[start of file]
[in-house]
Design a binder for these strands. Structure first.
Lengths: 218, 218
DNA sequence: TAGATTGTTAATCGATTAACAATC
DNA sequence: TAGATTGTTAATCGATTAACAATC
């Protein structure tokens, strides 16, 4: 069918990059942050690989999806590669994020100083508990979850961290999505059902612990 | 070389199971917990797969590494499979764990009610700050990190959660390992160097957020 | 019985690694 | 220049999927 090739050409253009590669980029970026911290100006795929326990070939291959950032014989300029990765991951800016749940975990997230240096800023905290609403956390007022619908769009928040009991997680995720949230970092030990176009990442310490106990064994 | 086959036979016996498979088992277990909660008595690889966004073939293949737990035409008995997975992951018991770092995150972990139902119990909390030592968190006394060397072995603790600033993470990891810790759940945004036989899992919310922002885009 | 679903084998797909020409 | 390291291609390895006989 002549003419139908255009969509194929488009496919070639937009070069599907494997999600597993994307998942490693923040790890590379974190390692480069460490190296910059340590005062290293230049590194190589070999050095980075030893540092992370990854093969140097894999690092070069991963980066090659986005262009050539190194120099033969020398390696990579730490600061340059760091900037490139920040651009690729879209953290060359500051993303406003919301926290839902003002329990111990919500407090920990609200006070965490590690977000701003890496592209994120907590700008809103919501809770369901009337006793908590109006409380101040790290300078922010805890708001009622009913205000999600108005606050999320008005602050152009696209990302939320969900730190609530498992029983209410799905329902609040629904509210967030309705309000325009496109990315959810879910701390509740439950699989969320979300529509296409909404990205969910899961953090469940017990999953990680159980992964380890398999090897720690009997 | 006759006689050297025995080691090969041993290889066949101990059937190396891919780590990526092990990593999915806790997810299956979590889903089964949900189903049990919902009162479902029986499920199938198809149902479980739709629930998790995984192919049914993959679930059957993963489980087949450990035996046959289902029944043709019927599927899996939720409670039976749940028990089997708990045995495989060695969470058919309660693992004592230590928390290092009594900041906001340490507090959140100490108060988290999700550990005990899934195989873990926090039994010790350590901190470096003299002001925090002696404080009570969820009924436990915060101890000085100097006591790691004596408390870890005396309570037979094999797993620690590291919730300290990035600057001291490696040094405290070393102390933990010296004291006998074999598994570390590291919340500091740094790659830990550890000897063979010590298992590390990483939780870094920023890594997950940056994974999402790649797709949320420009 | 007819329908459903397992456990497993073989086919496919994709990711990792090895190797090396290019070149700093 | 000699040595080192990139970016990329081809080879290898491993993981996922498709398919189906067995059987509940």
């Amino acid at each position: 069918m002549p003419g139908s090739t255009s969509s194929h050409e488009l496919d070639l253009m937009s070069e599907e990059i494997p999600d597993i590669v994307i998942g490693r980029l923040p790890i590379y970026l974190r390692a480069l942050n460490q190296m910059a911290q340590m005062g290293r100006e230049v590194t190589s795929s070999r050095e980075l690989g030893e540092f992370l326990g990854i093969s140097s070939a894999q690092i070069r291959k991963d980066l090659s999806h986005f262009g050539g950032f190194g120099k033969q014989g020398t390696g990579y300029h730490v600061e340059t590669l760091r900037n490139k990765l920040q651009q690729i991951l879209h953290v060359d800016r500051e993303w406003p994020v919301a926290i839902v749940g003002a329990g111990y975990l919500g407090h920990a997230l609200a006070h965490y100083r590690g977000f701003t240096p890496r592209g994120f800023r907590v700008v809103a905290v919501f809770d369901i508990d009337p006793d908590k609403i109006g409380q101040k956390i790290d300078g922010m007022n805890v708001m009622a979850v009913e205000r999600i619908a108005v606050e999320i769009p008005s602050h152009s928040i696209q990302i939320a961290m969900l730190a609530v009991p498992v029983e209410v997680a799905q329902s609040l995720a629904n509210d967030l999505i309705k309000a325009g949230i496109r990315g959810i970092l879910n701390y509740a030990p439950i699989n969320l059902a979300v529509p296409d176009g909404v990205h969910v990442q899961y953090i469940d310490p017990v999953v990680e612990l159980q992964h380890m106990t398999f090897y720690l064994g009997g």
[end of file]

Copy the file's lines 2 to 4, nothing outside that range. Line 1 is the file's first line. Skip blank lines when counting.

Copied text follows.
Design a binder for these strands. Structure first.
Lengths: 218, 218
DNA sequence: TAGATTGTTAATCGATTAACAATC